“he first chartered burial ground in the United States”
The Grove Street Cemetery, the first chartered burial ground in the United States, succeeded the previous common burial site, the New Haven Green. After severe yellow fever epidemics in 1794 and 1795 the Green, which held perhaps as many as 5,000 burials, was simply too crowded to continue as the chief burial ground. ln 1796 a group of New Haven citizens led by U.S, Senator James Hillhouse planned a new cemetery on a location at the edge of town. Their efforts were officially recognized in October, 1797 when the State of Connecticut incorporated the cemetery as The New Burying Ground in New Haven. The first burial, that of Martha Townsend, took place on November 9, 1797. The pattern of the cemetery also appears to have been unique, for it was arranged in lots for families as opposed to random burials which had been common in the past. The grounds were also divided to give space to parishioners of the three churches on the Green, an area for strangers who might die in New Haven, one for the indigent, a section for persons of color and one for Yale College. The Green continued to be used, but to a lesser extent, the last burial there occurring in 1812. The stone grave markers on the Green were eventually moved to Grove Street. Some were used to mark out the boundaries of burial sites in this cemetery and a great many are lined against the rear walls in alphabetical order.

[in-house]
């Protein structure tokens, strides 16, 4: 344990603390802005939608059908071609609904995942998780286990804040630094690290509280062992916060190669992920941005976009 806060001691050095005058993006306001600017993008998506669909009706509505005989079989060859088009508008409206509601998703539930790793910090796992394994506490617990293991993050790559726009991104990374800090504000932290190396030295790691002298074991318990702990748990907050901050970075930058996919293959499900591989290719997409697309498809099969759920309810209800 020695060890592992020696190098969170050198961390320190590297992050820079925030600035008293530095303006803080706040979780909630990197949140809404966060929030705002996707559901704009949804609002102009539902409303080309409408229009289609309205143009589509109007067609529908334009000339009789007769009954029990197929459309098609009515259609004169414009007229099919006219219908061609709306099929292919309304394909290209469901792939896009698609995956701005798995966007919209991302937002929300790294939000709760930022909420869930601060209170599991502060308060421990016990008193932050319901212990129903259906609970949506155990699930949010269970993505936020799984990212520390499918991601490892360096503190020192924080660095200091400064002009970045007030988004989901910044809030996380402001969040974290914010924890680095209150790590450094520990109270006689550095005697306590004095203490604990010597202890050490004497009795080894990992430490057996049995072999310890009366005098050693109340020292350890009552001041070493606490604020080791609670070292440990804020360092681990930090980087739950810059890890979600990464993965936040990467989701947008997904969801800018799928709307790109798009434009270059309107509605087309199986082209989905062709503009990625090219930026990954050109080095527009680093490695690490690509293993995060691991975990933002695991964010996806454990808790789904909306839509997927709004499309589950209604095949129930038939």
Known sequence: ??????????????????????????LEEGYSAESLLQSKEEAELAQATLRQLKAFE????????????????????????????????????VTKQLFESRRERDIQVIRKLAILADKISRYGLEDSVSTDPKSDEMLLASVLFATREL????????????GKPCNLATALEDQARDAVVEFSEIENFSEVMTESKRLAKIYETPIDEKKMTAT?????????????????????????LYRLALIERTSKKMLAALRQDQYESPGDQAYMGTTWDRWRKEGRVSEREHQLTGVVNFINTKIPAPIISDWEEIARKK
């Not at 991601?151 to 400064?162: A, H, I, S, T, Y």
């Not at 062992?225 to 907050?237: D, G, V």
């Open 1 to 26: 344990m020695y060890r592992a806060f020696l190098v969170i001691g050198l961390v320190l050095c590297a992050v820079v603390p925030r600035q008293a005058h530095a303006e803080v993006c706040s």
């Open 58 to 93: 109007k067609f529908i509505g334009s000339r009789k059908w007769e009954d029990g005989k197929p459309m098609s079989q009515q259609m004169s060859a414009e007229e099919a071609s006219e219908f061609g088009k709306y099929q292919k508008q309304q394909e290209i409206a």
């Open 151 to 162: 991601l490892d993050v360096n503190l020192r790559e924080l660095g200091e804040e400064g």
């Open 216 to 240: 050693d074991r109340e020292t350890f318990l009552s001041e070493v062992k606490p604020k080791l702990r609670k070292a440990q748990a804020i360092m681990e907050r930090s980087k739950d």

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Grove Street Cemetery
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